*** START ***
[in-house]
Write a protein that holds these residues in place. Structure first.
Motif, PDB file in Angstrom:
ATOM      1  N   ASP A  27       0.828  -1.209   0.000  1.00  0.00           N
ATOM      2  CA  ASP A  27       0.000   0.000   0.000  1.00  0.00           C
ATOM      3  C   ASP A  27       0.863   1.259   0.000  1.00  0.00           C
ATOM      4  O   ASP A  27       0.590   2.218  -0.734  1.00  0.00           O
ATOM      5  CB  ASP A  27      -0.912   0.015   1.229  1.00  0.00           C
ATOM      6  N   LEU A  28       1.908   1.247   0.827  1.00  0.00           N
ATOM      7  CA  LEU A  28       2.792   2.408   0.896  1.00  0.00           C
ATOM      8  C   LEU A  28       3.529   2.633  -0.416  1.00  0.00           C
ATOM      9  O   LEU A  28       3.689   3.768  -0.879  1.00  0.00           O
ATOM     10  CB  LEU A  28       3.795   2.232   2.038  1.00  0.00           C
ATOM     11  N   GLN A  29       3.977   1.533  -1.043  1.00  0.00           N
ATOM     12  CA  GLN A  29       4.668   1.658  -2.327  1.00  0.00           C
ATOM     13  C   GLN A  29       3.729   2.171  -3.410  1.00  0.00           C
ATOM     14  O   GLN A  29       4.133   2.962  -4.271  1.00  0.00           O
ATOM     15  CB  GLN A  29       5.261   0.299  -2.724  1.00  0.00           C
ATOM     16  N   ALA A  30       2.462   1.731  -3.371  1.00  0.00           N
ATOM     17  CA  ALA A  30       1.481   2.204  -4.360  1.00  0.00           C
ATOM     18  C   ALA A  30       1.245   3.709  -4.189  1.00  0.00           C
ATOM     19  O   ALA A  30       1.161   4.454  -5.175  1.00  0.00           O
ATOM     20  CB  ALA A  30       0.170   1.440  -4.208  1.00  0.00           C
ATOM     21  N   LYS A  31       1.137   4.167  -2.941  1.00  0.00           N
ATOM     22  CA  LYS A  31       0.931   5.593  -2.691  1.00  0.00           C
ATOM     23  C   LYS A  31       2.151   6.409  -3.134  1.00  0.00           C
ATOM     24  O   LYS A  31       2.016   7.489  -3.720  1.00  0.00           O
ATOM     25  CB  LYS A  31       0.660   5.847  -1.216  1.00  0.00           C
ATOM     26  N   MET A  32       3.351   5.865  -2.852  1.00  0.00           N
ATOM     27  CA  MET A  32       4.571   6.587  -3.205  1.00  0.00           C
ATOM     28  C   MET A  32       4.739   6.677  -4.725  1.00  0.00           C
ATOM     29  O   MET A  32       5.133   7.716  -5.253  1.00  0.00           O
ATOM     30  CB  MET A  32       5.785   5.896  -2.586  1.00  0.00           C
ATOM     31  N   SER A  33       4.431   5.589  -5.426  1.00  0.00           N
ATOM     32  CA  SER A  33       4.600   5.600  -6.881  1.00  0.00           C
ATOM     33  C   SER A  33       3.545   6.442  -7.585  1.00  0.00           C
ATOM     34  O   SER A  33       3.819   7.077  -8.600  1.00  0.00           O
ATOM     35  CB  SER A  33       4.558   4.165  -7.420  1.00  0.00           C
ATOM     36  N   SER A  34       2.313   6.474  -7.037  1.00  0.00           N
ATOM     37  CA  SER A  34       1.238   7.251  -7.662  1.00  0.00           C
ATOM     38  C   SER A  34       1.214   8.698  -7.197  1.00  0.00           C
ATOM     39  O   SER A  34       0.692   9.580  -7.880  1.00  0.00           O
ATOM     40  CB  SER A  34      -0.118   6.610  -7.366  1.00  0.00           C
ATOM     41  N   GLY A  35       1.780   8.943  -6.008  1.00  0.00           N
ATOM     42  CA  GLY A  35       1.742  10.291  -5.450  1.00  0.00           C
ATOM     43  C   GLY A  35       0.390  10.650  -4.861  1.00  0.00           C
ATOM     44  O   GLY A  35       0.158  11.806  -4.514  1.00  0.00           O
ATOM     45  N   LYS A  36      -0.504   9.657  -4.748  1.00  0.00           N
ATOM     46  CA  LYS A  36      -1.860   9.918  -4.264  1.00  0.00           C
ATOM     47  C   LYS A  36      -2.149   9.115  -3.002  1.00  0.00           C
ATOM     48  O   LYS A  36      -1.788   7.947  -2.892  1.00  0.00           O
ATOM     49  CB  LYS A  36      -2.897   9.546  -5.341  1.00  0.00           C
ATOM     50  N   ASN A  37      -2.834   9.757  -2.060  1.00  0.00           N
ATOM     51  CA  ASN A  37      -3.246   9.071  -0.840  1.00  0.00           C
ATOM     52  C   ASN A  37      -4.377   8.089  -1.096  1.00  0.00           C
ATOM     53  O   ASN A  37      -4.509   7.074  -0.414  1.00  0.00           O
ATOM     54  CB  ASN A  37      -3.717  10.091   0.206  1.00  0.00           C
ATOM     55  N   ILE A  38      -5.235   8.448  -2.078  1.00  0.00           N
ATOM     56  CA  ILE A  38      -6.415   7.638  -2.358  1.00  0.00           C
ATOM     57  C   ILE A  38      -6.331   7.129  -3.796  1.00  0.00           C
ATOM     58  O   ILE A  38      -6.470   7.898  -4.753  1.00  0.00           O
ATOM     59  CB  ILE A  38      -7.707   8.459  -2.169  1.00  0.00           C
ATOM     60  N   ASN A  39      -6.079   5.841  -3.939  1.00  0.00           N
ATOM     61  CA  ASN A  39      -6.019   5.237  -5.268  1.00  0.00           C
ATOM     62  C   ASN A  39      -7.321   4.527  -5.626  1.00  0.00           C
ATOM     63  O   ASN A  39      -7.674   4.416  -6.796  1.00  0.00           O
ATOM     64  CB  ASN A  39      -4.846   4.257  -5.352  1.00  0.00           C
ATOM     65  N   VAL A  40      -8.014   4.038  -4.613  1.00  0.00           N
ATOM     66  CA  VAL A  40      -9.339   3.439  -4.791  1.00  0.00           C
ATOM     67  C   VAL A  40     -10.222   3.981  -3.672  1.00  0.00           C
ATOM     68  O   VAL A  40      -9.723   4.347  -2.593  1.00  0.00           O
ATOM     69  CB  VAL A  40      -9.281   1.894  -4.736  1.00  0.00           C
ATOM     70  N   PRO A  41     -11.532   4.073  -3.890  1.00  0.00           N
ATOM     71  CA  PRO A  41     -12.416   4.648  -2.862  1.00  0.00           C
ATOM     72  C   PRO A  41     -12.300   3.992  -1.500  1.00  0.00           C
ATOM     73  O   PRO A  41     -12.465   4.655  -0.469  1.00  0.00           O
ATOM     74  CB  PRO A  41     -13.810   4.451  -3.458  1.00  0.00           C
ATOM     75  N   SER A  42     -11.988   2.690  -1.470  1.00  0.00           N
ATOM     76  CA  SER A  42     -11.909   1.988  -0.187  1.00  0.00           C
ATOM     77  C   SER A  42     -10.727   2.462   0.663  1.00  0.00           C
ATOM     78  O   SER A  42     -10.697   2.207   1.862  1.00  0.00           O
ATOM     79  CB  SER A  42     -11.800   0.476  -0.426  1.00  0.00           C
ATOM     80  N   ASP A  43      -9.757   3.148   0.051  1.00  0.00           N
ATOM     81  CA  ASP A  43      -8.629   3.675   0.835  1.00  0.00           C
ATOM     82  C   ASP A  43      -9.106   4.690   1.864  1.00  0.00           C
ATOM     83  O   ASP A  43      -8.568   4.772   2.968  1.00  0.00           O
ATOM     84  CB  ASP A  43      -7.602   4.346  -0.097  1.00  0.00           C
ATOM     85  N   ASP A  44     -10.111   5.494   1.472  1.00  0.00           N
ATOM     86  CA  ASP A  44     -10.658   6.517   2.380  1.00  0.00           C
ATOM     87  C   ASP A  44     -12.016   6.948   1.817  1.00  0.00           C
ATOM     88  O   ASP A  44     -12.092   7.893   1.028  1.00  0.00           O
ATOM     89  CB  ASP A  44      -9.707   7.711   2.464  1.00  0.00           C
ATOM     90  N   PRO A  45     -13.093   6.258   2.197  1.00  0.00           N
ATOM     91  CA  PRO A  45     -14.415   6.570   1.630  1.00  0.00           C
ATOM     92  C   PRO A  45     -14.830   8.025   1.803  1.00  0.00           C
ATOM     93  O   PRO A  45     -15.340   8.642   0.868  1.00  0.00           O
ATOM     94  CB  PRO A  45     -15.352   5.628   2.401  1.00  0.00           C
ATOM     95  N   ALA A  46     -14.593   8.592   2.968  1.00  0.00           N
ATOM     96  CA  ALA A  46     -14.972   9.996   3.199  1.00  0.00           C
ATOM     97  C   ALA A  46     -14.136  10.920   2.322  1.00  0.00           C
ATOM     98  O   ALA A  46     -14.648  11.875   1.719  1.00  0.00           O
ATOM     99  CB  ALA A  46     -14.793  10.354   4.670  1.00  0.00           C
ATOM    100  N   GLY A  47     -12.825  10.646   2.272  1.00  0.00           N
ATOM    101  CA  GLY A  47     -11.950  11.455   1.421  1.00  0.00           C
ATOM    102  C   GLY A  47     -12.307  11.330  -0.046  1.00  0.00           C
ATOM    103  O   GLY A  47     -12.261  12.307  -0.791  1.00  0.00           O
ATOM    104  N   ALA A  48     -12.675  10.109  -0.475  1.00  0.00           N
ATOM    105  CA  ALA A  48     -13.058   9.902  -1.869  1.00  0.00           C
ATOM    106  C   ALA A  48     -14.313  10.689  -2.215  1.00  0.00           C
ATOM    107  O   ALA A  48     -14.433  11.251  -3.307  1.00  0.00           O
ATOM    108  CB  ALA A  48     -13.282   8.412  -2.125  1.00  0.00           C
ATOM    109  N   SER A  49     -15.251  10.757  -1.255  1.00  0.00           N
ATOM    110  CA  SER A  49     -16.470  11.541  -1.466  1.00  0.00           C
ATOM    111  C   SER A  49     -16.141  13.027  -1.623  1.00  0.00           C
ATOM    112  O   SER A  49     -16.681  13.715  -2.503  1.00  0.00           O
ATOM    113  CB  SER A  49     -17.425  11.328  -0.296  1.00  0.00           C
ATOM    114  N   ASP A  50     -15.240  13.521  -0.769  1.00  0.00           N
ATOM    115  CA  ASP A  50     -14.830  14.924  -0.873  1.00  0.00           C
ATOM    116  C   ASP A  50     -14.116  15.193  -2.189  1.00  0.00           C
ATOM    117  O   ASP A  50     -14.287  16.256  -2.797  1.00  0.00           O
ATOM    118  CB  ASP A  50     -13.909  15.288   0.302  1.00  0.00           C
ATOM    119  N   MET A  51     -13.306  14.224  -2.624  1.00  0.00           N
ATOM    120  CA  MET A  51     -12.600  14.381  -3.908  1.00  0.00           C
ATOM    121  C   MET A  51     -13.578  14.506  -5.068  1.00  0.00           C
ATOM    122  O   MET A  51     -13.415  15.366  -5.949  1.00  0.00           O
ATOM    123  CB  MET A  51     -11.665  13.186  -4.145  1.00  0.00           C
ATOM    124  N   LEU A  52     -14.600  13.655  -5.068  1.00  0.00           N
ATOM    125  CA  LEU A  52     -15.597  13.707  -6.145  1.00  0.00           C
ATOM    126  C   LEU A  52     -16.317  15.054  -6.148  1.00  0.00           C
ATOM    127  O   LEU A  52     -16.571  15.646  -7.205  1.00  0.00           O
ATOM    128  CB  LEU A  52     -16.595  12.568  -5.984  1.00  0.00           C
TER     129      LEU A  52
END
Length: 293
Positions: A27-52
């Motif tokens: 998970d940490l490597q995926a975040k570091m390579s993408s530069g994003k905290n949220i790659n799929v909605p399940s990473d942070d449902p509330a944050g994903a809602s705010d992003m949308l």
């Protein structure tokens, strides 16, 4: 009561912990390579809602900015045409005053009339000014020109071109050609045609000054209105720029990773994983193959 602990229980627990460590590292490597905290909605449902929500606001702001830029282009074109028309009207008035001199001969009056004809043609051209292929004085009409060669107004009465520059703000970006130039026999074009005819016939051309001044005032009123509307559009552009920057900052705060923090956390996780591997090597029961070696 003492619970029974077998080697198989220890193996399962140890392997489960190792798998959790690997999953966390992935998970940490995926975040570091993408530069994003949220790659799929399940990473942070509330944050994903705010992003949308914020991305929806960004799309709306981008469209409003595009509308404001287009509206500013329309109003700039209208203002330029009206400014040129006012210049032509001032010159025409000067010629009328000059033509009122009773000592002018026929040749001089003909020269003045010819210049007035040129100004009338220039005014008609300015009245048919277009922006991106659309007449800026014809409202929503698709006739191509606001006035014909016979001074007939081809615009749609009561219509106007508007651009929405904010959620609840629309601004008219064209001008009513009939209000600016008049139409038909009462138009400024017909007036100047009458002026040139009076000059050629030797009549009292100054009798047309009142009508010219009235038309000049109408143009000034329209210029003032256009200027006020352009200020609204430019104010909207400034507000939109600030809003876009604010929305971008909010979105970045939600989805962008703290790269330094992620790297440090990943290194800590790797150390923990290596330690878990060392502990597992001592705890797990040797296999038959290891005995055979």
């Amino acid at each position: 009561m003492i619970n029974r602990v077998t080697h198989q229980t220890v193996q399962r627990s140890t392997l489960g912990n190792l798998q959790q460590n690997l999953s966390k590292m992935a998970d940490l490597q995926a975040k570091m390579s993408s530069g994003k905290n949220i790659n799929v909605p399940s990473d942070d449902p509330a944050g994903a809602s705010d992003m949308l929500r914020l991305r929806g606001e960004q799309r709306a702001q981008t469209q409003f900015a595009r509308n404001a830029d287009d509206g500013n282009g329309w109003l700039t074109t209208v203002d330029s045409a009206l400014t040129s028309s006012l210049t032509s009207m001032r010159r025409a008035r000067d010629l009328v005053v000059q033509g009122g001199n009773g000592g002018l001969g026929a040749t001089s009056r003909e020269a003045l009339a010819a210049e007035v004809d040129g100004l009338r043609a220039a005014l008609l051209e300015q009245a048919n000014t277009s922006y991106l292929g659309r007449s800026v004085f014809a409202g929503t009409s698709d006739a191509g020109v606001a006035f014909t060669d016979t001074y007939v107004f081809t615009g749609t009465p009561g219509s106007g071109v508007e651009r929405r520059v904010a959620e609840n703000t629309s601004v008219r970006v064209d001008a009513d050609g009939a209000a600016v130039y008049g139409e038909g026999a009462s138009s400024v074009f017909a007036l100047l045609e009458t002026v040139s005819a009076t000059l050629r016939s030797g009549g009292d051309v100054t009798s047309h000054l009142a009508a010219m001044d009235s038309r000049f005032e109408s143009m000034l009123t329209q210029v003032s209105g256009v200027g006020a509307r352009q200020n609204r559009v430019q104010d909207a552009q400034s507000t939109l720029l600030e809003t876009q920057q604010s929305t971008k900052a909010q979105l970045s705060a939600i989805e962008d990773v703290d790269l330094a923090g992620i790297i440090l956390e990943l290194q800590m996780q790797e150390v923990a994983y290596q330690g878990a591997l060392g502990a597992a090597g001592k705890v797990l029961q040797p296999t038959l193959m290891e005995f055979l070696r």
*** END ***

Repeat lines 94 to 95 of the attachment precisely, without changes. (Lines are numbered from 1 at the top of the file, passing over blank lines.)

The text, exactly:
ATOM     91  CA  PRO A  45     -14.415   6.570   1.630  1.00  0.00           C
ATOM     92  C   PRO A  45     -14.830   8.025   1.803  1.00  0.00           C